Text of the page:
Nervous Nellie

AAA

DEFINITION of 'Nervous Nellie'

An investor who isn't comfortable with investing and the risks associated with it. Nervous Nellies have very little risk tolerance. As a result, their investment returns are likely to suffer because they will only invest in very low-risk, low-return investments. Without taking on greater risk, Nervous Nellies may not be able to generate the returns they need to meet goals such as being able to retire.

INVESTOPEDIA EXPLAINS 'Nervous Nellie'

If a Nervous Nellie decides to take a chance on a higher-risk, higher-return investment like stocks, they will most likely sell the moment the market ticks downward. Investors who sell when their holdings decline in price might miss some bad moments in the market, but they are also likely to miss the upswings.

RELATED TERMS
  1. One Night Stand Investment

    A purchased security that was intended for a long-term investment, ...
  2. Loss Psychology

    The emotional aspects associated with investing and the negative ...
  3. Emotional Neutrality

    The concept of removing greed, fear and other human emotions ...
  4. Risk

    The chance that an investment's actual return will be different ...
  5. Panic Selling

    Wide-scale selling of an investment, causing a sharp decline ...
  6. Mobile First Strategy

    Mobile first strategy is trend in website development where designing ...
RELATED FAQS
  1. What are the risks involved with investing in a penny stock?

    Penny stocks are the stocks of companies that trade below $5 and generally off a major market exchange. Penny stocks trade ... Read Full Answer >>
  2. What risk factors should investors consider before purchasing a callable bond?

    A number of risk components should be considered in regard to any bond investment since bonds, like any investment, do carry ... Read Full Answer >>
  3. Which stage of the economic cycle is most favorable for the chemicals sector?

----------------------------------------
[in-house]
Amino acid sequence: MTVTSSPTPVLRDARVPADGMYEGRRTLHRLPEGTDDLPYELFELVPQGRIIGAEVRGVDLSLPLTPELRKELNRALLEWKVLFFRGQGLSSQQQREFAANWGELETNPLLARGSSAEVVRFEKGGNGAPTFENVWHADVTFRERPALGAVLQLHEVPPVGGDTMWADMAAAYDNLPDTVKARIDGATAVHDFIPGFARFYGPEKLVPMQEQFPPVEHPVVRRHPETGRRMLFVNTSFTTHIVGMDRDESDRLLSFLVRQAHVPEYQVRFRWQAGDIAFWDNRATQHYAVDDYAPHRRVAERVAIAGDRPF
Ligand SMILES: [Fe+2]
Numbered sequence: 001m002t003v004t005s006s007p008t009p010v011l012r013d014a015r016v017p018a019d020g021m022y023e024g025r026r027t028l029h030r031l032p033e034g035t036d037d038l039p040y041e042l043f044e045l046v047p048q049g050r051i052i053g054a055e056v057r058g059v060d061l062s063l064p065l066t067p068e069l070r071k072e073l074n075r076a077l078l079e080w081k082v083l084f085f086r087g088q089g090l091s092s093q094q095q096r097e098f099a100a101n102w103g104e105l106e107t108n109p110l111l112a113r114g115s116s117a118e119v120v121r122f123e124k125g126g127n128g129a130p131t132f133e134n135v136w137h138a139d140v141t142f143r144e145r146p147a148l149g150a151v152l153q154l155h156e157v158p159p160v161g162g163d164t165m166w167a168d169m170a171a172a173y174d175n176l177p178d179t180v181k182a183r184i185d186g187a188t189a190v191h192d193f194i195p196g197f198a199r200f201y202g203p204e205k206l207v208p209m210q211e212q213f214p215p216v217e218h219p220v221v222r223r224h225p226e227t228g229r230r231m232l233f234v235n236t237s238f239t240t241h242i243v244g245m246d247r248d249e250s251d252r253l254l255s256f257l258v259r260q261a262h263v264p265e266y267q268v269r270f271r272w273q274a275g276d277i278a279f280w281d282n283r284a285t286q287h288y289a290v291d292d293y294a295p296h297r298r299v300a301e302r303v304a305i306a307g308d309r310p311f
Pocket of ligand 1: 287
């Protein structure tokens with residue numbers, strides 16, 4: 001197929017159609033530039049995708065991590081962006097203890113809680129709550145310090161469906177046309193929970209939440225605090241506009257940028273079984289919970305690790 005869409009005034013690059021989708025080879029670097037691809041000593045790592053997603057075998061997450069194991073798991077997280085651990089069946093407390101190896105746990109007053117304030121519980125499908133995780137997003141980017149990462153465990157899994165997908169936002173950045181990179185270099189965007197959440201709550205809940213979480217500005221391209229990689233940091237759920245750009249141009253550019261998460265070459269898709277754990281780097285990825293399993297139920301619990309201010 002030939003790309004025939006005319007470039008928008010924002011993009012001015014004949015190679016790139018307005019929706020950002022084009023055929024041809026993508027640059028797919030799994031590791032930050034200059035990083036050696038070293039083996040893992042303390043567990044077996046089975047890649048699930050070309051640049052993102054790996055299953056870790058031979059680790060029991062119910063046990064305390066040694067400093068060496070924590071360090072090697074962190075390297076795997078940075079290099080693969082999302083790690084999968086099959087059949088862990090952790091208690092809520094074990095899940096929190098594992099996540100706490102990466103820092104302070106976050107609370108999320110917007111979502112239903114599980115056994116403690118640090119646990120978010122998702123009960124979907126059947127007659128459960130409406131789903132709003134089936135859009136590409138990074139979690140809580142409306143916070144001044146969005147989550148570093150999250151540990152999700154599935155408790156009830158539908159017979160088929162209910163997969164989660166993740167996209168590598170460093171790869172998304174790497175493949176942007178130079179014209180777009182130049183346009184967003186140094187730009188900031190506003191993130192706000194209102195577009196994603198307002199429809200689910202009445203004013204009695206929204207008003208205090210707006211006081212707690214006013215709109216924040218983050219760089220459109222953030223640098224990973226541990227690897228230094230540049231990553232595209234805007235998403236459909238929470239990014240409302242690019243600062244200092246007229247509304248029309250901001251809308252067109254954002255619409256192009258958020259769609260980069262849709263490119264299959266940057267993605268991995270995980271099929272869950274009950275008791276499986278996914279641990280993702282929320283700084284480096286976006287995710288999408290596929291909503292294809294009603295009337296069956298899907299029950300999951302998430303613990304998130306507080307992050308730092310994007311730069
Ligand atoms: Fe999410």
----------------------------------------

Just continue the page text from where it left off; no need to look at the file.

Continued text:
The expansionary stage of the economic cycle is most favorable for the chemicals sector. Each of the chemical sector's separate ... Read Full Answer >>
  4. What is the difference between a company's annual return and its annualized return?

    For most investors, determining whether an investment in a particular company or mutual fund is worthwhile comes down to ... Read Full Answer >>
  5. Why would growth investors be attracted to the electronics sector?

    Growth investors gravitate toward the electronics sector because its higher-than-average volatility, particularly in the ... Read Full Answer >>
  6. What is the difference between expected return and variance?

    The expected return and variance are two statistical measures for analyzing investment portfolios. The expected return is ... Read Full Answer >>
Related Articles
  1. Investing Basics

    5 Tips For Diversifying Your Portfolio

    A diversified portfolio will protect you in a tough market. Get some solid tips here!
  2. Investing

    Tips For Investors In Volatile Markets

    Find out what to look out for when trading during market instability.
  3. Trading Strategies

    How To Avoid Emotional Investing

    Most investors buy high and sell low, but you can avoid this trap by using some simple strategies.
  4. Active Trading Fundamentals

    Digging Deeper Into Bull And Bear Markets

    Discover why it's important to know the characteristics of the two types of market conditions.
  5. Mutual Funds & ETFs

    Your Mutual Fund: It's Riskier Than You Think

    Fund managers often take on more risk than they should, putting business ahead of fund holders' interests.
  6. Investing

    The Art Of Selling A Losing Position

    Knowing whether to sell or to hold is tough. And no rule fits all. Find out what to consider.
  7. Active Trading Fundamentals

    Surviving Bear Country

    Stay calm, play dead and keep your eyes open for attractive valuations.
  8. Fundamental Analysis

    Young Investors: Should You Care About Dividends?

    If you're a young investor, you may want to consider a non-traditional approach to investing.
  9. Economics

    What are Pork-Barrel Politics?

    Pork-barrel politics is a form of patronage whereby politicians favor their constituents in exchange for benefits such as campaign donations and votes.
  10. Investing Basics

    How to Calculate Risk Premium

    Think of a risk premium as a form of hazard pay for risky investments.

You May Also Like

Hot Definitions
  1. Coupon

    The interest rate stated on a bond when it's issued. The coupon is typically paid semiannually. This is also referred to ...
  2. Redemption

    The return of an investor's principal in a fixed income security, such as a preferred stock or bond; or the sale of units ...
  3. Standard Error

    The standard deviation of the sampling distribution of a statistic. Standard error is a statistical term that measures the ...
  4. Capital Stock

    The common and preferred stock a company is authorized to issue, according to their corporate charter. Capital stock represents ...
  5. Unearned Revenue

    When an individual or company receives money for a service or product that has yet to be fulfilled. Unearned revenue can ...
Trading Center